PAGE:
Written sensitively, MacDonald shares his similarity in struggles like:
"Occasionally I assess my own financial situation. I muse on questions like: Will I be able to continue to generate income into the foreseeable future? How should I spend, save, and give away what I do earn? Will I be able to help our grandchildren pay their college expenses? What happens if there are unexpected medical costs down the road?"
He adopts a 2-prong approach, namely to be awakened from the materialistic mindset toward a more heavenly mindset based on hopefulness.

I agree. Hope is something that is more needed than cash injections. Hope is long-term in perspective while bailouts are short-term. We cannot be victimized by the problems of today, to the point of giving up permanent values for temporary survival. It is true that in some situations, one may wonder how they are going to survive another day. I will concede that in life-and-death situations, emergency transfusion may be necessary. However, I will also argue that worrying about the present, and mortgaging our future hopes in exchange for a temporal respite for continued material indulgence is not a fair transaction at all. Being hooked on material lifestyle is like drug addiction. Everything is seen as a means to buy the fix for a moment of ecstasy. The problem is, such things do not last.

NT Wright's latest book, "Surprised by Hope" argues for a new view of heaven in terms of hope in the future resurrection in the coming of the kingdom of God. In his typical scholarly brilliance, he contends that the way to live well in the present is directly related to how we see the future. Our perspectives of "Life after death" directly impacts our current life before death. The Apostle Paul yearns to be with God, but chose to be with the church despite its ill. That is because he has learned to live heavenly on earth. Jesus has also taught us, that we need to pray that God's will be done on earth as it is in heaven. Wright's "life before life before death' brilliantly ties together heavenly hope with earthly living. This way, we will not be living defeated lives while wearing a gospel that shouts victory in Christ at all angles. Indeed, we all need to be pleasantly surprised by hope. Jesus has promised us the Holy Spirit, to help us do greater things. The greater thing is NOT any miraculous recovery of the economy. It is not even the sudden ushering of Armageddon on earth, like what we see in the movies of mighty dramatic battles. Instead, the greater thing happens within the deepest crevices of our broken hearts. It has to do with a hopeful disposition, looking forward to living heaven on earth. Elizabeth Barrett Browning describes such a mood aptly.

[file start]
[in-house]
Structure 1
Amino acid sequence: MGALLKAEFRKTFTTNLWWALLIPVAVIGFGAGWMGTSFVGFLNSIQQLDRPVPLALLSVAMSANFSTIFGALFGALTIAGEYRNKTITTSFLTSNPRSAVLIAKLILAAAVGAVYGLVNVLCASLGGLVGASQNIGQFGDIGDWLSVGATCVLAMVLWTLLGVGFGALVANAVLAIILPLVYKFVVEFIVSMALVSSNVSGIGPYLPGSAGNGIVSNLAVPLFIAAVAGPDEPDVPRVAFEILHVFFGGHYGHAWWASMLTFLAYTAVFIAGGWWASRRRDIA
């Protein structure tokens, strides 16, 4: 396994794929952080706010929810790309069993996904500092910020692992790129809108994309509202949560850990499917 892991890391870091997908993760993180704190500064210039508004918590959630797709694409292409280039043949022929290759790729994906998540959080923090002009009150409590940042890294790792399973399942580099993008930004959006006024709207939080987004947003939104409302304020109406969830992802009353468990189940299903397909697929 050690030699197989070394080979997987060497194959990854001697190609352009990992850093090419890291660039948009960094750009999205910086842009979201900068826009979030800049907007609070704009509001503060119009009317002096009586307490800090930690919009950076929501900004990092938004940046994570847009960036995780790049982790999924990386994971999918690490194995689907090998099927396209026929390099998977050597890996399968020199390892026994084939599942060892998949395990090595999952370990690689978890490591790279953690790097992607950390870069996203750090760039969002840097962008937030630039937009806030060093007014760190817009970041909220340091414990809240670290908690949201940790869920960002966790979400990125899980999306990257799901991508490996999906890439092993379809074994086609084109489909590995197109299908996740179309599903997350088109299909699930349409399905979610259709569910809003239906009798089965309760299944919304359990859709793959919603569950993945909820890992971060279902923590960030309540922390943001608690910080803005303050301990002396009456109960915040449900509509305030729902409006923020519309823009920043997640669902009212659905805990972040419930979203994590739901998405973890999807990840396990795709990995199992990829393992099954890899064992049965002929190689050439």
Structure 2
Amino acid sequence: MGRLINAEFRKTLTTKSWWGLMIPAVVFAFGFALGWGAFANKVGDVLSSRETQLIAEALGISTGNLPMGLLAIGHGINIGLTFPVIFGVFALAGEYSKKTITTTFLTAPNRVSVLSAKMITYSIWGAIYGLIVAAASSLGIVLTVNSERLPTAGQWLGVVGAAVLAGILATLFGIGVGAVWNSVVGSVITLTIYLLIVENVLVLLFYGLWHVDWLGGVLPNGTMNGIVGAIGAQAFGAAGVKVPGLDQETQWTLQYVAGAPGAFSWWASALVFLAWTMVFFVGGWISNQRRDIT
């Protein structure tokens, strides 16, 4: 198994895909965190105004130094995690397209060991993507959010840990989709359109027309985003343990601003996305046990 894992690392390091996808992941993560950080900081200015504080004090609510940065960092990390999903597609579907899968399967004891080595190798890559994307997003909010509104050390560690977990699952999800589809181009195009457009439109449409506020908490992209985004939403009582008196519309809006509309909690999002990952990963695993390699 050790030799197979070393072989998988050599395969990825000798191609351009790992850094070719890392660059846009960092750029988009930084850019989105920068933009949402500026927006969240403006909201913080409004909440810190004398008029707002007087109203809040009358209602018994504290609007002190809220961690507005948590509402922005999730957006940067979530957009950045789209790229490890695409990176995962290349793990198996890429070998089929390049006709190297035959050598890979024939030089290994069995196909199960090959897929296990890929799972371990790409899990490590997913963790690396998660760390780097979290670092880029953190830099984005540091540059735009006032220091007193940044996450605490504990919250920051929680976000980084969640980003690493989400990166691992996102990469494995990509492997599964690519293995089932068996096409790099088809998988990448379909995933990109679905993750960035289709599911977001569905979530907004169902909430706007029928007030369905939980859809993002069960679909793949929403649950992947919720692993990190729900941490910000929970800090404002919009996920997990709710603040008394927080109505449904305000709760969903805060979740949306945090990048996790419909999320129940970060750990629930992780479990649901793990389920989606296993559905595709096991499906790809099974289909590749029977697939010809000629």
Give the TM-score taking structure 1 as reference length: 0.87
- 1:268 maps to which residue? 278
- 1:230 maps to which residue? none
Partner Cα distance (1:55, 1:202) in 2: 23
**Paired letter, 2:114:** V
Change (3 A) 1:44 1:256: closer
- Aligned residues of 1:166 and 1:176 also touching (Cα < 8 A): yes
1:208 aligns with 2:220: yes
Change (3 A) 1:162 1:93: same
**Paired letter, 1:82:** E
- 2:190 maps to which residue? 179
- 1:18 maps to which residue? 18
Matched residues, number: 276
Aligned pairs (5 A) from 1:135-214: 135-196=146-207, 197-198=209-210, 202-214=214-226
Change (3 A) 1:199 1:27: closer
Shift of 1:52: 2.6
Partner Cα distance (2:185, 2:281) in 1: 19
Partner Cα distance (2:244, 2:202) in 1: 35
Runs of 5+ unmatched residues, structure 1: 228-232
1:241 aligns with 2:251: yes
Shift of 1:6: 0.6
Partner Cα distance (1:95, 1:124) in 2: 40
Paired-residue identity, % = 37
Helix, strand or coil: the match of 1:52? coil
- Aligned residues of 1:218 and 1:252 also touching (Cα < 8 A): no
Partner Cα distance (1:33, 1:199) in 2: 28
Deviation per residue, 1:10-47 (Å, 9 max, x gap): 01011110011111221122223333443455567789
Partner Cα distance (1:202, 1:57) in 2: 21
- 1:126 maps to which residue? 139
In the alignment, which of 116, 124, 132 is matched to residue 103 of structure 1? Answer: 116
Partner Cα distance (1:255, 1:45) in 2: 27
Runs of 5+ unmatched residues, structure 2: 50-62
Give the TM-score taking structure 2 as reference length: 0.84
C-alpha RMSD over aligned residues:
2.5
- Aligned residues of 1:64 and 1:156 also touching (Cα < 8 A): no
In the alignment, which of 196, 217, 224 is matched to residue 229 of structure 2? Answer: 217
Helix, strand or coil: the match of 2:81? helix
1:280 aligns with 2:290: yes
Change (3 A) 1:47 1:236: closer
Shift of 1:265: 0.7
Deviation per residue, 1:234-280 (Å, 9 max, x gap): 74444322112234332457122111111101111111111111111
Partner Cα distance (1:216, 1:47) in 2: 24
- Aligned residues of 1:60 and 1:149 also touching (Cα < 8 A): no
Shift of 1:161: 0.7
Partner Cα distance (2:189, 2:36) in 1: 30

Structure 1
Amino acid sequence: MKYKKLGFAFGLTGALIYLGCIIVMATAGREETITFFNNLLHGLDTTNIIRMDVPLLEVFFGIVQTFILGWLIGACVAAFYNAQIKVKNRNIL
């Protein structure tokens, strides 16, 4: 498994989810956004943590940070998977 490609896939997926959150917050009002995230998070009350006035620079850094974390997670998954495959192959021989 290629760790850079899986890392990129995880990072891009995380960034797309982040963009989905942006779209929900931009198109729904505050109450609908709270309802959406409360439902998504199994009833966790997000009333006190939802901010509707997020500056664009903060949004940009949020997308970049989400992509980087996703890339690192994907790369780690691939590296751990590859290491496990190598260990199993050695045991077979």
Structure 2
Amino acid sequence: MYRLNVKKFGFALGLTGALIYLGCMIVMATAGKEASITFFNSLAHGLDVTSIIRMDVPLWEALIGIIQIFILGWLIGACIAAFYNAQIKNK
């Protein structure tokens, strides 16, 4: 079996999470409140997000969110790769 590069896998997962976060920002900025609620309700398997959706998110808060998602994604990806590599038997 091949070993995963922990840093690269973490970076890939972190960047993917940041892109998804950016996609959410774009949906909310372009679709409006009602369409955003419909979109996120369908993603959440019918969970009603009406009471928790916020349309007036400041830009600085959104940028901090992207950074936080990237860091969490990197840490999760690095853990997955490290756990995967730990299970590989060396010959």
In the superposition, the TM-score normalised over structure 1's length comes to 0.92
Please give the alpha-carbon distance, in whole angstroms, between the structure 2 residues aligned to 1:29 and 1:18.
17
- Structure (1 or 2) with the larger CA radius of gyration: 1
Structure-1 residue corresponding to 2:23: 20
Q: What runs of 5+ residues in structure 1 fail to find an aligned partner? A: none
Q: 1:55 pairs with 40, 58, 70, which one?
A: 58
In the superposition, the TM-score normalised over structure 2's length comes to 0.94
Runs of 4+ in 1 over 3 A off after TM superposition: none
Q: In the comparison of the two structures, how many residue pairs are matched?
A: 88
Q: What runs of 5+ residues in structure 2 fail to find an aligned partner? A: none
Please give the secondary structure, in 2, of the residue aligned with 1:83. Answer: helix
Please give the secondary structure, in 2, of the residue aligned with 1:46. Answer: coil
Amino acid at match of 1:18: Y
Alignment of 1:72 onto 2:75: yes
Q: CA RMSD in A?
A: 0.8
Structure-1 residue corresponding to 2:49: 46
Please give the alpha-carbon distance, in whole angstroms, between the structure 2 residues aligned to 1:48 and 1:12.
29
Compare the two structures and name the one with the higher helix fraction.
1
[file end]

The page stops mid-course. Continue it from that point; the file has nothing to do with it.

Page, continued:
"Earth's crammed with heaven,
And every common bush afire with God;
But only he who sees, takes off his shoes -
The rest sit round it and pluck blueberries."
(Elizabeth Barrett Browning)
Which are we going to be? The one who recognizes the presence of God, and immediately remove his filthy shoes so as to revere a holy God? Or are we going to be people looking out for berries, ignoring the presence of God, constantly repeating the mantra: "Where is God?" If one keeps asking this question, even in the presence of the Almighty, one would have become like stubborn Israel, who were people who have eyes but do not see, or ears that do not hear.

May the Lord grant us eyes and ears that WILL see the glory of God in the midst of all these worldly confusion.